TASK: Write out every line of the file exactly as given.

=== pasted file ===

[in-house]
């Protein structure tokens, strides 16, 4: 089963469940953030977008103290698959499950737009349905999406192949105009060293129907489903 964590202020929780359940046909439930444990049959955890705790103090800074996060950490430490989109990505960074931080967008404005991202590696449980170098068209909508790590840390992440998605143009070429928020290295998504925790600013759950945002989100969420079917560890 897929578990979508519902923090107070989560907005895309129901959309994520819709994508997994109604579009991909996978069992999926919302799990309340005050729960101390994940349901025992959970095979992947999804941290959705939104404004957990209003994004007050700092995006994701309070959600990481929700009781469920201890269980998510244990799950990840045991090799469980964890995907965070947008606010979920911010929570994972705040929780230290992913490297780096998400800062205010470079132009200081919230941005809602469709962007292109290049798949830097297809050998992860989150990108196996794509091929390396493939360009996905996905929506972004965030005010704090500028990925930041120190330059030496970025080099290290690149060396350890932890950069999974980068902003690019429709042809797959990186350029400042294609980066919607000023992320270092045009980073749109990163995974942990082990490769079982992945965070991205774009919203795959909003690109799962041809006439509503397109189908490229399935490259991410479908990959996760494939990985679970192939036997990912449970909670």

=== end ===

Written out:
[in-house]
């Protein structure tokens, strides 16, 4: 089963469940953030977008103290698959499950737009349905999406192949105009060293129907489903 964590202020929780359940046909439930444990049959955890705790103090800074996060950490430490989109990505960074931080967008404005991202590696449980170098068209909508790590840390992440998605143009070429928020290295998504925790600013759950945002989100969420079917560890 897929578990979508519902923090107070989560907005895309129901959309994520819709994508997994109604579009991909996978069992999926919302799990309340005050729960101390994940349901025992959970095979992947999804941290959705939104404004957990209003994004007050700092995006994701309070959600990481929700009781469920201890269980998510244990799950990840045991090799469980964890995907965070947008606010979920911010929570994972705040929780230290992913490297780096998400800062205010470079132009200081919230941005809602469709962007292109290049798949830097297809050998992860989150990108196996794509091929390396493939360009996905996905929506972004965030005010704090500028990925930041120190330059030496970025080099290290690149060396350890932890950069999974980068902003690019429709042809797959990186350029400042294609980066919607000023992320270092045009980073749109990163995974942990082990490769079982992945965070991205774009919203795959909003690109799962041809006439509503397109189908490229399935490259991410479908990959996760494939990985679970192939036997990912449970909670």